Hampton Court Palace is a former royal palace in the London Borough of Richmond upon Thames, south west London, England. 1 The palace is located 11.7 miles south west of Charing Cross and upstream of Central London on the River Thames. It is open to the public as a major tourist attraction. The palace's Home Park is the site of the annual Hampton Court Palace Festival and Hampton Court Palace Flower Show.
Thomas Wolsey, then Archbishop of York and Chief Minister to the King, took over the lease in 1514 and rebuilt the 14th-century manor house over the next seven years (1515–1521) to form the nucleus of the present palace. Wolsey spent lavishly to build the finest palace in England at Hampton Court, which he was later forced to give to Henry as he began to fall from favour.
The palace was appropriated by Wolsey's master, Henry VIII, in about 1525, although the Cardinal continued to live there until 1529. Henry added the Great Hall - which was the last medieval Great Hall built for the English monarchy - and the Royal Tennis Court, which was built and is still in use for the game of real tennis, not the present-day version of the game.
From the reign of George III in 1760, monarchs tended to favour other London homes, and Hampton Court ceased to be a royal residence. Originally it housed 70 grace and favour residences – one of them was once home to Olave Baden-Powell, wife of the founder of the Scouting movement – but few now remain occupied. One of the warders at the palace in the mid-nineteenth century was Samuel Parkes who won the Victoria Cross in the Charge of the Light Brigade in 1854.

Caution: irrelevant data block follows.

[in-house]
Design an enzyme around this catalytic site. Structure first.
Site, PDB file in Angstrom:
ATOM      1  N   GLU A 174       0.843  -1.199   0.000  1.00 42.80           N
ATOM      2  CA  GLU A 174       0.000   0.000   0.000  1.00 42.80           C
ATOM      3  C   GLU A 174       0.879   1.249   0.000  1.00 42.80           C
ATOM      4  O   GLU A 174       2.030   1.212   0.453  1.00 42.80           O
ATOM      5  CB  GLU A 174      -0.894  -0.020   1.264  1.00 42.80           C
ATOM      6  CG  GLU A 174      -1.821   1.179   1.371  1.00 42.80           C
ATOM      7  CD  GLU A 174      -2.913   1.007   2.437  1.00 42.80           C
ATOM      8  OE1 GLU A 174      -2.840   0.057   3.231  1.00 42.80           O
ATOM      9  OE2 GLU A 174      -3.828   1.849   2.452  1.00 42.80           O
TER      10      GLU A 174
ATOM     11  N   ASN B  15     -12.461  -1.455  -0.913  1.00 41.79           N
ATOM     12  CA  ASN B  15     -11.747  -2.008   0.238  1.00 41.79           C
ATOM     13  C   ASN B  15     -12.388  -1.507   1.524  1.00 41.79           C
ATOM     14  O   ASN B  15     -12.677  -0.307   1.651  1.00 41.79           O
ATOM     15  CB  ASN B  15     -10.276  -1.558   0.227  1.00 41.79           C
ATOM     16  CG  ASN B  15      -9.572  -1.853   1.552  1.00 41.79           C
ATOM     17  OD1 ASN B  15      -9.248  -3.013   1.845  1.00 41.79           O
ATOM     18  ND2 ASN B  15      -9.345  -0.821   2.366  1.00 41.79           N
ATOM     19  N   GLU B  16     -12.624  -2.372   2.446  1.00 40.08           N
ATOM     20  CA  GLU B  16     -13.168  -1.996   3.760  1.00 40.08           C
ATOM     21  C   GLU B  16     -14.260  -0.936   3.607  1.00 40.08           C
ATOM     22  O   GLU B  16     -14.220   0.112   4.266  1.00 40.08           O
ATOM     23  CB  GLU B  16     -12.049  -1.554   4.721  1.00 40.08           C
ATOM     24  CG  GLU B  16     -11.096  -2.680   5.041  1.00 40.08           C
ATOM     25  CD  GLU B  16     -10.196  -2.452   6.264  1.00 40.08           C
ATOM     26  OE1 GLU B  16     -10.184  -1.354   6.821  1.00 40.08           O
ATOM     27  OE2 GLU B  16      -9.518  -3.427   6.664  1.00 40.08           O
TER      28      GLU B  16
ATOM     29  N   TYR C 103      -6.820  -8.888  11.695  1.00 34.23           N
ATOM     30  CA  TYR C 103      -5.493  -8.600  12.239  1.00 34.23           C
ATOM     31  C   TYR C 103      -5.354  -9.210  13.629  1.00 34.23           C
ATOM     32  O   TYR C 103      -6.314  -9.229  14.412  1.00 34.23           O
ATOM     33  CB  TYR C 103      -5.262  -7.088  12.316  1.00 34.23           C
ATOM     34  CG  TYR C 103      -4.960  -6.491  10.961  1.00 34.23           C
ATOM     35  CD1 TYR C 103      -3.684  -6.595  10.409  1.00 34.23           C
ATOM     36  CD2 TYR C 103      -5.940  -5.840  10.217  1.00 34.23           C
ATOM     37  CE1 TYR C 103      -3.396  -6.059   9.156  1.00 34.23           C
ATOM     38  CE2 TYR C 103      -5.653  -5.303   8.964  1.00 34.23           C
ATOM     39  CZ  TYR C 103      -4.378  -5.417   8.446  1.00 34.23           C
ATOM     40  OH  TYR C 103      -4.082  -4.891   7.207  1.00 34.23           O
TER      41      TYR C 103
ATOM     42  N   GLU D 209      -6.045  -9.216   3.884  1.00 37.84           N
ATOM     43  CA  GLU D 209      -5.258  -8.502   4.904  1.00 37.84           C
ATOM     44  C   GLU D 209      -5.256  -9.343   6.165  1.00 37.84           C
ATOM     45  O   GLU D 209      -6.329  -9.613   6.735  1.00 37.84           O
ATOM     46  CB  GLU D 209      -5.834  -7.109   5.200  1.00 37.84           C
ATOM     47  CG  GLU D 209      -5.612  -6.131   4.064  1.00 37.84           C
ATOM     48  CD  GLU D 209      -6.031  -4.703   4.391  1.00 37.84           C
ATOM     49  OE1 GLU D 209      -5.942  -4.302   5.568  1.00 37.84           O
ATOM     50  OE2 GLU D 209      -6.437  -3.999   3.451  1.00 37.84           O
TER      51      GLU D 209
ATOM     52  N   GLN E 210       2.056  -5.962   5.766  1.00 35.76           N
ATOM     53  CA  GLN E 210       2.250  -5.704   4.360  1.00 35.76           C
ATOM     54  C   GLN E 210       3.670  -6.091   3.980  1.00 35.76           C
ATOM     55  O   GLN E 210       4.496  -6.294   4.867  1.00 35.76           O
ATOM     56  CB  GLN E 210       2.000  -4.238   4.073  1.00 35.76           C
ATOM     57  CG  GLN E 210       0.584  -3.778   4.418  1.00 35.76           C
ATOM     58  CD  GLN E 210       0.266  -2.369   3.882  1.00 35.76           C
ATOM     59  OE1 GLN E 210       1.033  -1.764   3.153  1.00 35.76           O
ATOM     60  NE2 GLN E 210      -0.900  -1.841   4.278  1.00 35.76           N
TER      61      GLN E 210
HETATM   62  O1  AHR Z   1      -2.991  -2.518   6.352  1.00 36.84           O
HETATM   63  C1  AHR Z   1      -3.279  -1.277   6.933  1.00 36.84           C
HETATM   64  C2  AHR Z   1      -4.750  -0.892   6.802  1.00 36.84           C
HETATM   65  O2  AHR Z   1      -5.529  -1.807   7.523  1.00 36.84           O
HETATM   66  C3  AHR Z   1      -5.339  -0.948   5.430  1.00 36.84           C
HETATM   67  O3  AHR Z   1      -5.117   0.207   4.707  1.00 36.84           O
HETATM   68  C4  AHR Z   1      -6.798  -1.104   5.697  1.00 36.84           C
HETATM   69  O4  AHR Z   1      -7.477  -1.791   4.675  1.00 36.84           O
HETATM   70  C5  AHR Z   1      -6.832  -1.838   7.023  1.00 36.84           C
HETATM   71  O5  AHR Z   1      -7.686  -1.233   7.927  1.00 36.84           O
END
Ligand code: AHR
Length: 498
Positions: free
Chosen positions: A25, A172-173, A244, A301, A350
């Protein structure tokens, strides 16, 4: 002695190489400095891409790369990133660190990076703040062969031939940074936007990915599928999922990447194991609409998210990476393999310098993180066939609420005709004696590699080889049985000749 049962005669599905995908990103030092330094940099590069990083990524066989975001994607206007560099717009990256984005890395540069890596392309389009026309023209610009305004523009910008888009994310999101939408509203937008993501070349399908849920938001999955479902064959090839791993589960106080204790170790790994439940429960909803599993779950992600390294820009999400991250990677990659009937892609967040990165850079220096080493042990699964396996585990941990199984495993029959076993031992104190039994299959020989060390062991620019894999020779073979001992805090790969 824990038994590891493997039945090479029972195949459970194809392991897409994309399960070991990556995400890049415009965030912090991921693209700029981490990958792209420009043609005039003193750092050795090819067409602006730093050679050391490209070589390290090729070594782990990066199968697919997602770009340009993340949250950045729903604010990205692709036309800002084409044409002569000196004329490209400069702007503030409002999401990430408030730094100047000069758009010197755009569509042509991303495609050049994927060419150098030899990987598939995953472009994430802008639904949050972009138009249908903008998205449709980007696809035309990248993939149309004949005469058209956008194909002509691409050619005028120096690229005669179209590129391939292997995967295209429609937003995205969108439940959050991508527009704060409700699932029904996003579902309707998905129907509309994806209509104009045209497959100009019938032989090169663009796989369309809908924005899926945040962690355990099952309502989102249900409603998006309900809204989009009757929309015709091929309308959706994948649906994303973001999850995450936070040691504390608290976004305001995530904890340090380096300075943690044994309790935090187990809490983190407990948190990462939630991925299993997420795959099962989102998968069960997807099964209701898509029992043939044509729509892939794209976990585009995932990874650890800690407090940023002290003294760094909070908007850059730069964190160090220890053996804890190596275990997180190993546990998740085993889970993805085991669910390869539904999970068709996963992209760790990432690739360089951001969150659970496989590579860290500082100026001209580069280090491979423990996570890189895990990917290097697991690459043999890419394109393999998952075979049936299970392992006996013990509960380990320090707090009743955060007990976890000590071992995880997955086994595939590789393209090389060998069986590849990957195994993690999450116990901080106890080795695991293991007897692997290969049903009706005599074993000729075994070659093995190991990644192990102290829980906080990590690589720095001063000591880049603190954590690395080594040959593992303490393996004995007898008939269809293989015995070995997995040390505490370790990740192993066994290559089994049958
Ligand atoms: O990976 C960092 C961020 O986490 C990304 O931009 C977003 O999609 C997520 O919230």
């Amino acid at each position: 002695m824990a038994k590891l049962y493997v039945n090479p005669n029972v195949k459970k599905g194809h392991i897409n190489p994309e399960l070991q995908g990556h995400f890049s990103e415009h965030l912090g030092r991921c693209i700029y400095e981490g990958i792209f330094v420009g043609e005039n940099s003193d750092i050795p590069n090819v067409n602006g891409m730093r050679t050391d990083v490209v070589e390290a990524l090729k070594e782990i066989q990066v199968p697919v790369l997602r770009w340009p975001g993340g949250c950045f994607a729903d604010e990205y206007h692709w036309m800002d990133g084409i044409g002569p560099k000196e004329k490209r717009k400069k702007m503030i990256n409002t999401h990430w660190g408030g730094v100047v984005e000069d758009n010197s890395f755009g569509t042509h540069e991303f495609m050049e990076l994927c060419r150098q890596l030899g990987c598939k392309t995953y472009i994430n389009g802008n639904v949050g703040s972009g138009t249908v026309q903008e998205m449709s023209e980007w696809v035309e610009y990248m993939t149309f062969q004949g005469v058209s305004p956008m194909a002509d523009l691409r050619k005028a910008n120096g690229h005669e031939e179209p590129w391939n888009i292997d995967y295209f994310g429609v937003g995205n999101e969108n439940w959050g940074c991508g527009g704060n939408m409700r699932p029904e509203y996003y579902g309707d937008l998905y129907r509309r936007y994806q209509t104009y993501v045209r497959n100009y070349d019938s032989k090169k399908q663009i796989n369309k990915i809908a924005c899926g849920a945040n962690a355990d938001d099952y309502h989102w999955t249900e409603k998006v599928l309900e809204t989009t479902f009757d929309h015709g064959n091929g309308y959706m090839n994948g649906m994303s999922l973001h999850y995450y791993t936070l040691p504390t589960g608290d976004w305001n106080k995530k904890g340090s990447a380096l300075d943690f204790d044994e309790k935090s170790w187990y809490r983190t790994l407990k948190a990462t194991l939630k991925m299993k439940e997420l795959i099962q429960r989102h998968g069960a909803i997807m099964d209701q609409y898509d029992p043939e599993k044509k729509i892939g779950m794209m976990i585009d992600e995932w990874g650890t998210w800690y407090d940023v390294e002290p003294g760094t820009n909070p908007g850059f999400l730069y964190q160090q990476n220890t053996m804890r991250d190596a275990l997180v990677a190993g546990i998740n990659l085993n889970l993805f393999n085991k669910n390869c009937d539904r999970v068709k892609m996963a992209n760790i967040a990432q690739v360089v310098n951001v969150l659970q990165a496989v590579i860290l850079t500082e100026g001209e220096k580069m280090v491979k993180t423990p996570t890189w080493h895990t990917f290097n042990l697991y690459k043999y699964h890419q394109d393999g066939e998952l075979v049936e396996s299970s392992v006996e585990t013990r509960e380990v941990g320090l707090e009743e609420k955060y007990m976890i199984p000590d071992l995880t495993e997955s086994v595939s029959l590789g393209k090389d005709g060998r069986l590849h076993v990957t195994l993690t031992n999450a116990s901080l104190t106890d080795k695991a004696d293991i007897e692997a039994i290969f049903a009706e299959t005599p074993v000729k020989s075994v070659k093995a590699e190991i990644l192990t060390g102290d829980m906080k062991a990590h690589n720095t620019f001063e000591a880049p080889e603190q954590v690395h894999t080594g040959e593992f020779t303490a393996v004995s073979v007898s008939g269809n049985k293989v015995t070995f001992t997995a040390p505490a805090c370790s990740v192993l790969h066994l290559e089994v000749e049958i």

In 1796, restoration work began in the Great Hall. In 1838, Queen Victoria completed the restoration and opened the palace to the public. A major fire in the King's Apartments in 1986 led to a new programme of restoration work that was completed in 1995.
Dont miss the famous maze either
Hampton Court Palace is an impressive site. The recent restorations have done a remarkable job in returning the site to something approaching its past glories. The cost of a ticket gives not only gives entrance to the Palace proper, but to the gardens, Maze and tennis court. Period tour guides are available without additional cost to add a bit of flavor. My only problem with the site is it’s restriction on photography inside of any buildings.
The history of the Palace really starts with Thomas Wolsey, then Archbishop of York and Chief Minister to the King, who took over the lease to the site in 1514 and rebuilt the 14th-century manor house over the next seven years to form the nucleus of the present palace.
In 1514 Thomas Wolsey, then Archbishop of York and Chief Minister to King Henry VIII, took over the property and in the following year started rebuilding the existing 14th-century manor house over the next seven years to form the nucleus of the present palace. Wolsey’s intent was to construct a rival for the French palace of Versailles. Unfortunately for him, he did it all to well. After its completion, Wolsey invited Henry VIII to the site and he was very impressed. Impressed so much that the king began to wonder how Wolsey could afford the cost.